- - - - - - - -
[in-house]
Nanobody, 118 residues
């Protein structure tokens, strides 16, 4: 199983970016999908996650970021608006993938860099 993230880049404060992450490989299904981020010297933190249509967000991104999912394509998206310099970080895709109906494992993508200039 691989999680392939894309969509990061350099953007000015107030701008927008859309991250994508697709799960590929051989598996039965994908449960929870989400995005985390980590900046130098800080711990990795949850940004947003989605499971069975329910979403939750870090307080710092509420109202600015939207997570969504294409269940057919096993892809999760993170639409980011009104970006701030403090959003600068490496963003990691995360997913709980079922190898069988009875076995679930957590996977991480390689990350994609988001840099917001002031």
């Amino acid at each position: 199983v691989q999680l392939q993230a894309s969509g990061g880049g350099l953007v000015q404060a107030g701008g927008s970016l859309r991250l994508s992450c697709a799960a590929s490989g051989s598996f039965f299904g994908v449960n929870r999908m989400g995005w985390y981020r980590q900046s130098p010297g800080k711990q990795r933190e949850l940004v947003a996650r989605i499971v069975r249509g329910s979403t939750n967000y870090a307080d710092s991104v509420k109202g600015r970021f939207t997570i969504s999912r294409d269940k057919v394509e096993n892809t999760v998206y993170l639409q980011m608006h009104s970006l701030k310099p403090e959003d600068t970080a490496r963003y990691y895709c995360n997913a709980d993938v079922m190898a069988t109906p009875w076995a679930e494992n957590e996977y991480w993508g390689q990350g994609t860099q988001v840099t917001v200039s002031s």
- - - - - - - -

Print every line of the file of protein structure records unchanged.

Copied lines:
[in-house]
Nanobody, 118 residues
């Protein structure tokens, strides 16, 4: 199983970016999908996650970021608006993938860099 993230880049404060992450490989299904981020010297933190249509967000991104999912394509998206310099970080895709109906494992993508200039 691989999680392939894309969509990061350099953007000015107030701008927008859309991250994508697709799960590929051989598996039965994908449960929870989400995005985390980590900046130098800080711990990795949850940004947003989605499971069975329910979403939750870090307080710092509420109202600015939207997570969504294409269940057919096993892809999760993170639409980011009104970006701030403090959003600068490496963003990691995360997913709980079922190898069988009875076995679930957590996977991480390689990350994609988001840099917001002031």
């Amino acid at each position: 199983v691989q999680l392939q993230a894309s969509g990061g880049g350099l953007v000015q404060a107030g701008g927008s970016l859309r991250l994508s992450c697709a799960a590929s490989g051989s598996f039965f299904g994908v449960n929870r999908m989400g995005w985390y981020r980590q900046s130098p010297g800080k711990q990795r933190e949850l940004v947003a996650r989605i499971v069975r249509g329910s979403t939750n967000y870090a307080d710092s991104v509420k109202g600015r970021f939207t997570i969504s999912r294409d269940k057919v394509e096993n892809t999760v998206y993170l639409q980011m608006h009104s970006l701030k310099p403090e959003d600068t970080a490496r963003y990691y895709c995360n997913a709980d993938v079922m190898a069988t109906p009875w076995a679930e494992n957590e996977y991480w993508g390689q990350g994609t860099q988001v840099t917001v200039s002031s």